"How the country house became the seat of power, from Elizabethan times to 1940—also how design reflected changing notions of grandeur and relaxation, and much else, including upstairs/downstairs competition for space. The illustrations are fine, the writing superb; Girouard knows his stuff, and proves it anything but dull. A brilliant, handsome, engrossing book."—Village Voice

"With the help of fine illustrations, Mark Girouard presents a splendid impression of the way of life in country houses from the Middle Ages to the twentieth century. At every point the social history of the English aristocratic house is intimately bound up with the history of literature; and this study will be of immense interest to the student of literature."—Critical Quarterly

"A handsomely illustrated account of the evolution of the country house from the fortified dwelling to the stately home of this century. Girouard is expert on architecture and informative as to the habits of occupants."—Key Reporter

"Mark Girouard's Life in the English Country House is too good to be discussed in a paragraph. It is a life's work—the writing is scholarly, the illustrations beyond reproach. However it is a coffee table book—one to be treasured by its owner, read and returned to, but a coffee table book for all that—and is warmly recommended as one of the finest flowers of the genre."—Books and Bookmen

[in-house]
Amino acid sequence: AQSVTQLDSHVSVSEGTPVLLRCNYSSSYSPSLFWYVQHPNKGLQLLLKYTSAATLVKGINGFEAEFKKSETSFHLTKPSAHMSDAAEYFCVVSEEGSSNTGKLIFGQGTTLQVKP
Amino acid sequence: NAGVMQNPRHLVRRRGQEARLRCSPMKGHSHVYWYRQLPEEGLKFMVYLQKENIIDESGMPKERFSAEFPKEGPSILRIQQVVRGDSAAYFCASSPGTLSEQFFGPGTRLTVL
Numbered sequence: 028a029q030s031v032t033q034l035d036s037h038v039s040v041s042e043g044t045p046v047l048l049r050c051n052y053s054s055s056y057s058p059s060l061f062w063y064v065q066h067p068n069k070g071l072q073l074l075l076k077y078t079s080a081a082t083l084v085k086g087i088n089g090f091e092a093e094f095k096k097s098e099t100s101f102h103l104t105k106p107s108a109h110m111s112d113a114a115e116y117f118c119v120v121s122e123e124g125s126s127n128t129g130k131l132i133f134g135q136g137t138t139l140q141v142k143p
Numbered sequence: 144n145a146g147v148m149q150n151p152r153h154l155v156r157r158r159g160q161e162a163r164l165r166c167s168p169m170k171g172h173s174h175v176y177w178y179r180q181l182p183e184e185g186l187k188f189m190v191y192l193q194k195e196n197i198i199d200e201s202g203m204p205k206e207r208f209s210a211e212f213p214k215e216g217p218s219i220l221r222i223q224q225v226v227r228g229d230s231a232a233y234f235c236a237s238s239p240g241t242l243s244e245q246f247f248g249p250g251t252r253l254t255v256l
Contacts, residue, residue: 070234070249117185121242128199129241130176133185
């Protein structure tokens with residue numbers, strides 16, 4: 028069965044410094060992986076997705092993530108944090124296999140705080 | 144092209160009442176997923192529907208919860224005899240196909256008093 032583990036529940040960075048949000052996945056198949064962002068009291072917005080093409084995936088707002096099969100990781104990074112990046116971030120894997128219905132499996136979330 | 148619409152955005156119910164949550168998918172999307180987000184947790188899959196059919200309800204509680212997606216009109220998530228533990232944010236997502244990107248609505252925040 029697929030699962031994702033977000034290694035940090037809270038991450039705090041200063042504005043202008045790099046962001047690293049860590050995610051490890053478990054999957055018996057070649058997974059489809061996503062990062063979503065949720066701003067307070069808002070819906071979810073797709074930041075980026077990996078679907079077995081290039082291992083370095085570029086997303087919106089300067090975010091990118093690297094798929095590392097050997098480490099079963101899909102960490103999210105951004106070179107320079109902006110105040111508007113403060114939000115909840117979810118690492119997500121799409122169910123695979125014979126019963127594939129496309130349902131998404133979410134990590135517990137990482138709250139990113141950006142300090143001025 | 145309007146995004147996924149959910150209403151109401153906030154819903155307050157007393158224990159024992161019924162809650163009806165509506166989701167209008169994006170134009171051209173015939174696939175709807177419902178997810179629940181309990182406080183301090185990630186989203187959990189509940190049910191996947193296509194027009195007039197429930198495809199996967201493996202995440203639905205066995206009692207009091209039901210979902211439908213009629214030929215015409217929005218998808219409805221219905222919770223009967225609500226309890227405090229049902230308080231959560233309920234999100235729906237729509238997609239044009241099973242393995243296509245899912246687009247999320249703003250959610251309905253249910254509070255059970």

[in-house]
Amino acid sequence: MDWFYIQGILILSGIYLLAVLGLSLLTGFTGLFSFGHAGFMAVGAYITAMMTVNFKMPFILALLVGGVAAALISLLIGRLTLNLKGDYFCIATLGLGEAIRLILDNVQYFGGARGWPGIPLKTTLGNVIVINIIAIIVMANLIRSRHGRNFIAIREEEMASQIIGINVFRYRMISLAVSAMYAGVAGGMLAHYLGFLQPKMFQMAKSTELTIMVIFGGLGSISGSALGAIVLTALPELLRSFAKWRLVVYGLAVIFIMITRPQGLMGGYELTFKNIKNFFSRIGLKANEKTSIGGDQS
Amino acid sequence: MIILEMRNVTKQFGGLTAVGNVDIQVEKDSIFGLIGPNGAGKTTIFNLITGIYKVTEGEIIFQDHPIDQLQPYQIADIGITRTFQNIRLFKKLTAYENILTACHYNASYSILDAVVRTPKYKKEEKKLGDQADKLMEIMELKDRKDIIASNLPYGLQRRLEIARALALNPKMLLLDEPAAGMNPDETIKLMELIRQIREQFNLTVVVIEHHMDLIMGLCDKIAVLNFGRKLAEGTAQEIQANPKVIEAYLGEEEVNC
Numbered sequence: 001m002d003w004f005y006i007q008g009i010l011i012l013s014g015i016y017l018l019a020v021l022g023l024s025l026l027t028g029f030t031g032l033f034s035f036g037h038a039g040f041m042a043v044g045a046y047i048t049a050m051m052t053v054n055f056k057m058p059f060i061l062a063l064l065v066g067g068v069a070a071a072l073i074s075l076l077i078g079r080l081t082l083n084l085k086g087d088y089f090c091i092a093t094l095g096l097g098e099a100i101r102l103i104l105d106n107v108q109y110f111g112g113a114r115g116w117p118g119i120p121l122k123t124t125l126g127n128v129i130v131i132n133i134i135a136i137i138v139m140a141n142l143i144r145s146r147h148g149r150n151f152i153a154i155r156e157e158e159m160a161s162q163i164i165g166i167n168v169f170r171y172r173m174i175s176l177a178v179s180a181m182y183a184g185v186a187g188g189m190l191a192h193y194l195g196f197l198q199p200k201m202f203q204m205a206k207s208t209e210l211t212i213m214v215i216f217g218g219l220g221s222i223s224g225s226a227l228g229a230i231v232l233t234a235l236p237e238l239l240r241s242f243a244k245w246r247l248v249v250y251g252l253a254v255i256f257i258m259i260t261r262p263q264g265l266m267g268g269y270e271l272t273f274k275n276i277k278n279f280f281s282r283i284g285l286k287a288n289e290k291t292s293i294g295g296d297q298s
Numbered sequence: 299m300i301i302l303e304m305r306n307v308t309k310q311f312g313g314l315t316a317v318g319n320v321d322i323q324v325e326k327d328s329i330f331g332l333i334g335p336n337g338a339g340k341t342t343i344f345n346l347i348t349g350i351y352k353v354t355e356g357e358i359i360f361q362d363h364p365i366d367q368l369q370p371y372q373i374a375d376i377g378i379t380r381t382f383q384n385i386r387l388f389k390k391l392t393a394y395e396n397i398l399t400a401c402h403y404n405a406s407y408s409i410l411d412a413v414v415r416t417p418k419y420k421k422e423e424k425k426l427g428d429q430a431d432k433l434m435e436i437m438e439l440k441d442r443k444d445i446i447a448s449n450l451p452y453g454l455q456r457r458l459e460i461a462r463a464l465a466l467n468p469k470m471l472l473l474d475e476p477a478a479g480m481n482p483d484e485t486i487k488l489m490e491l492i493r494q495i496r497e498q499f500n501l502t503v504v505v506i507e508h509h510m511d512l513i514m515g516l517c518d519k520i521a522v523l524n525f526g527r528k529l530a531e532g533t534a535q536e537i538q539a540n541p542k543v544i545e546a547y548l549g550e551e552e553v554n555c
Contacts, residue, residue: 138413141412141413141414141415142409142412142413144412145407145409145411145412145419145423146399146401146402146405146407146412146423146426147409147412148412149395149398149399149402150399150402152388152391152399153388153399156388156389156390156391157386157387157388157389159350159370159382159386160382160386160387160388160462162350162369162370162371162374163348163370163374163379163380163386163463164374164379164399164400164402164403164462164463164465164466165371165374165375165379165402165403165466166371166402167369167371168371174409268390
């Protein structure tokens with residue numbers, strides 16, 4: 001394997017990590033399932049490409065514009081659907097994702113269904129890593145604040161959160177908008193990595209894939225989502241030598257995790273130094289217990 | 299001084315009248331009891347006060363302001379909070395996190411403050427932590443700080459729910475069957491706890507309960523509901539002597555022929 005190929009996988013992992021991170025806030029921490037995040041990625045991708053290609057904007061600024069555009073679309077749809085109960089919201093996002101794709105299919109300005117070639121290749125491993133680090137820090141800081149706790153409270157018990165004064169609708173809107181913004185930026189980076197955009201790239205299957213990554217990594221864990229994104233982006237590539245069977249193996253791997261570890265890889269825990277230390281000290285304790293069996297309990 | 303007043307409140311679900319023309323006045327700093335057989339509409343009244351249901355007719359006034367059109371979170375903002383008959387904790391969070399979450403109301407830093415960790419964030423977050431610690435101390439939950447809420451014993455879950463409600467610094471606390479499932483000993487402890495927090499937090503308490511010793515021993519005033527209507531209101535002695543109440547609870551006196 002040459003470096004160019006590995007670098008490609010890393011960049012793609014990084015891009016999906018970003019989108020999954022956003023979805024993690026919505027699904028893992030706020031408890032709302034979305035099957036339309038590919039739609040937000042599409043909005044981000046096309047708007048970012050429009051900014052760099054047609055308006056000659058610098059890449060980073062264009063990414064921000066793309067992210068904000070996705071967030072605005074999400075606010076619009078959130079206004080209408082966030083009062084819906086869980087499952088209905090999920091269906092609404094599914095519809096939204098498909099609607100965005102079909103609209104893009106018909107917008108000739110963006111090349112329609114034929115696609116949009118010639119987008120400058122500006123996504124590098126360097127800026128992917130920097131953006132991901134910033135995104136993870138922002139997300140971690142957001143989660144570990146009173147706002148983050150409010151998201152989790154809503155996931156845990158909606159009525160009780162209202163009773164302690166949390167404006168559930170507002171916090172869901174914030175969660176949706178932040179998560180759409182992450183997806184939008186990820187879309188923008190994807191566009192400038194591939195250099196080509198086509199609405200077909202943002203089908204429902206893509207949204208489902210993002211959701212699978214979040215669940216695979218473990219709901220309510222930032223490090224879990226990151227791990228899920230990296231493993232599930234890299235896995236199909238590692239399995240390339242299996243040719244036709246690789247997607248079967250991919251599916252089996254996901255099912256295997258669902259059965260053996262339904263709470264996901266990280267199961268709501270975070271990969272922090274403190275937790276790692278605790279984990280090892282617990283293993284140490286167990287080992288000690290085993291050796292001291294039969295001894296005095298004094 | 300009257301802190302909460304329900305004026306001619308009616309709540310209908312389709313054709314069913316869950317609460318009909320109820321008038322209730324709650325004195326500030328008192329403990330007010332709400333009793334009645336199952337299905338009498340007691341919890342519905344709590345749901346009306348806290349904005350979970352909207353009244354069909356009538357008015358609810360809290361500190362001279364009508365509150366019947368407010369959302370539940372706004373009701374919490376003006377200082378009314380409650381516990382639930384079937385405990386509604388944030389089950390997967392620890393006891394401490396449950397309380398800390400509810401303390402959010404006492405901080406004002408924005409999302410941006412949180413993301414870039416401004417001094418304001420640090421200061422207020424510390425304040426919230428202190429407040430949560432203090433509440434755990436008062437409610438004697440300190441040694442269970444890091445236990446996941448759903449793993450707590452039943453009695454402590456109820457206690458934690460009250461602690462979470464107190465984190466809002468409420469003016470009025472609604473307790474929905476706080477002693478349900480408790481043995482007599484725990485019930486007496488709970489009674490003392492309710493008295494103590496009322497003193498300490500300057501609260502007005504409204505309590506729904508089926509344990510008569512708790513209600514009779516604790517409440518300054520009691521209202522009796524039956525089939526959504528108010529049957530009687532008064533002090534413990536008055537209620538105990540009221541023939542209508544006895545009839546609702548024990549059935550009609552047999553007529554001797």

"This book will fascinate anyone who is curious about the changing habits of the upper classes. It will be useful to those who want to enrich modern architecture by clarifying the vestigial rituals and images which still engage modern men."—Anders Nereim, Journal of Architectural Education

"This truly fascinating and readable book tells of the life lived in the country houses from the Middle Ages to World War II. A social history, it describes how the people—owners and servants—lived on a day-to-day basis. It gives insights as well into the architecture of the various periods. the descriptions of the goings and comings, tyhe London social season and the journeys to spas, the entertaining of friends and disposition of rivals, the meals and the use of rooms, the politics and wars make this book most rewarding reading."—A. I. A. Journal

"The illustrations . . . are as sumptuous as anyone could ask, but Girouard has a lively curiosity about practical details."—Newsweek

"The detail will fascinate anyone who has a curiosity about social history and the changing habits of the classes. . . . A deeply important book, one of the most interesting contributions to architectural history for a decade."—J. H. Plumb, New York Review of Books

"A superbly informative book. . . . The illustrations, mainly architectural in theme, are excellent, and the text is highly detailed and intelligent without being in the least bit stodgy."—Ivan Dee, Chicago Tribune Book World

"Informative, balanced, knowledgeable, and witty."—New Yorker